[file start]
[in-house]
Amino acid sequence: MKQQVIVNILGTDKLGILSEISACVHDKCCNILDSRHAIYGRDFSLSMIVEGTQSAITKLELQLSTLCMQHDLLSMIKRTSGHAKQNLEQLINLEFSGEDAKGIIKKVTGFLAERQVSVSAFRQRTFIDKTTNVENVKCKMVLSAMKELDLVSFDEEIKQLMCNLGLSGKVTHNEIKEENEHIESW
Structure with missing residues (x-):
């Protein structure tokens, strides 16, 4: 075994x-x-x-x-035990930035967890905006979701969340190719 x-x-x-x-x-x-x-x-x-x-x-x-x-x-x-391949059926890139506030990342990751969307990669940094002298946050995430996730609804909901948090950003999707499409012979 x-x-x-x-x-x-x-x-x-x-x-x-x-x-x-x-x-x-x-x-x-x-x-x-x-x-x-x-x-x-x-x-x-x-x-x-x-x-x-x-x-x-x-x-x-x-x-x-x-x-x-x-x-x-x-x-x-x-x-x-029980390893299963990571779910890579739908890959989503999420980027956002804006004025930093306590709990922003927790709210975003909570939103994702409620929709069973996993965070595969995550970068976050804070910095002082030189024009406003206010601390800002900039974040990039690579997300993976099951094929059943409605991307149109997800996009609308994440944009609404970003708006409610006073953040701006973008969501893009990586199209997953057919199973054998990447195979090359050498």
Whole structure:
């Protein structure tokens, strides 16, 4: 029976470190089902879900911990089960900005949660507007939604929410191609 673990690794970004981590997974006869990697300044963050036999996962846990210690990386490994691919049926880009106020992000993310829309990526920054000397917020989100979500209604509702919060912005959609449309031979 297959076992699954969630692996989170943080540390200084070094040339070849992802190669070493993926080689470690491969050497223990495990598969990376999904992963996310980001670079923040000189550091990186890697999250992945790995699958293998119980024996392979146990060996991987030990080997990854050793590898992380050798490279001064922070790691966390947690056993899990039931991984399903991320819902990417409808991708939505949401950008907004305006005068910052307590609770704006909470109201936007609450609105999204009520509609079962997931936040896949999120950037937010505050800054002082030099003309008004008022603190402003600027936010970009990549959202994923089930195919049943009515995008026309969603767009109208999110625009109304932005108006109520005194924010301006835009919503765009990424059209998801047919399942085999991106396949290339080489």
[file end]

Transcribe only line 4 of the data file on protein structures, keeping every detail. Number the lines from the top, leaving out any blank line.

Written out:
């Protein structure tokens, strides 16, 4: 075994x-x-x-x-035990930035967890905006979701969340190719 x-x-x-x-x-x-x-x-x-x-x-x-x-x-x-391949059926890139506030990342990751969307990669940094002298946050995430996730609804909901948090950003999707499409012979 x-x-x-x-x-x-x-x-x-x-x-x-x-x-x-x-x-x-x-x-x-x-x-x-x-x-x-x-x-x-x-x-x-x-x-x-x-x-x-x-x-x-x-x-x-x-x-x-x-x-x-x-x-x-x-x-x-x-x-x-029980390893299963990571779910890579739908890959989503999420980027956002804006004025930093306590709990922003927790709210975003909570939103994702409620929709069973996993965070595969995550970068976050804070910095002082030189024009406003206010601390800002900039974040990039690579997300993976099951094929059943409605991307149109997800996009609308994440944009609404970003708006409610006073953040701006973008969501893009990586199209997953057919199973054998990447195979090359050498």